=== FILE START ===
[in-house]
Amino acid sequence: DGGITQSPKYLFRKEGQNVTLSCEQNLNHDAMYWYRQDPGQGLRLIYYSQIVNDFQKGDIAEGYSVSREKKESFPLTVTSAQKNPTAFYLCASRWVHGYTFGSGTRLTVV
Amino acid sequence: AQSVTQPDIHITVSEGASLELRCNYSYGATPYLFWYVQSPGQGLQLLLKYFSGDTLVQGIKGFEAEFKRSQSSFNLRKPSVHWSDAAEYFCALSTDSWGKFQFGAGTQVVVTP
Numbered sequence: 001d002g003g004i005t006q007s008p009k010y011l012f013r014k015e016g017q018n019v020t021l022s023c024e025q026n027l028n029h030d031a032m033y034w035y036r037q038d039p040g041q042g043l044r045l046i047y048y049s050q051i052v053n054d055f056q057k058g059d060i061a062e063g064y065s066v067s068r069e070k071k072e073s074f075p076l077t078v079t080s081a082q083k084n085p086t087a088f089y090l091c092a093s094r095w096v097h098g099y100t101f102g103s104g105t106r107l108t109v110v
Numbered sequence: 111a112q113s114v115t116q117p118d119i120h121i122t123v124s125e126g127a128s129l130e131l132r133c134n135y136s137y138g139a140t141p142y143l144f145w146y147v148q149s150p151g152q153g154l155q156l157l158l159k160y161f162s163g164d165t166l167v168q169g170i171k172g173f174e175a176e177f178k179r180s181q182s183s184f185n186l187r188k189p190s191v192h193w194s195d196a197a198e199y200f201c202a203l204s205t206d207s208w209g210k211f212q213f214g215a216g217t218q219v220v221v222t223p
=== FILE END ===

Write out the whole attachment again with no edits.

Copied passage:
[in-house]
Amino acid sequence: DGGITQSPKYLFRKEGQNVTLSCEQNLNHDAMYWYRQDPGQGLRLIYYSQIVNDFQKGDIAEGYSVSREKKESFPLTVTSAQKNPTAFYLCASRWVHGYTFGSGTRLTVV
Amino acid sequence: AQSVTQPDIHITVSEGASLELRCNYSYGATPYLFWYVQSPGQGLQLLLKYFSGDTLVQGIKGFEAEFKRSQSSFNLRKPSVHWSDAAEYFCALSTDSWGKFQFGAGTQVVVTP
Numbered sequence: 001d002g003g004i005t006q007s008p009k010y011l012f013r014k015e016g017q018n019v020t021l022s023c024e025q026n027l028n029h030d031a032m033y034w035y036r037q038d039p040g041q042g043l044r045l046i047y048y049s050q051i052v053n054d055f056q057k058g059d060i061a062e063g064y065s066v067s068r069e070k071k072e073s074f075p076l077t078v079t080s081a082q083k084n085p086t087a088f089y090l091c092a093s094r095w096v097h098g099y100t101f102g103s104g105t106r107l108t109v110v
Numbered sequence: 111a112q113s114v115t116q117p118d119i120h121i122t123v124s125e126g127a128s129l130e131l132r133c134n135y136s137y138g139a140t141p142y143l144f145w146y147v148q149s150p151g152q153g154l155q156l157l158l159k160y161f162s163g164d165t166l167v168q169g170i171k172g173f174e175a176e177f178k179r180s181q182s183s184f185n186l187r188k189p190s191v192h193w194s195d196a197a198e199y200f201c202a203l204s205t206d207s208w209g210k211f212q213f214g215a216g217t218q219v220v221v222t223p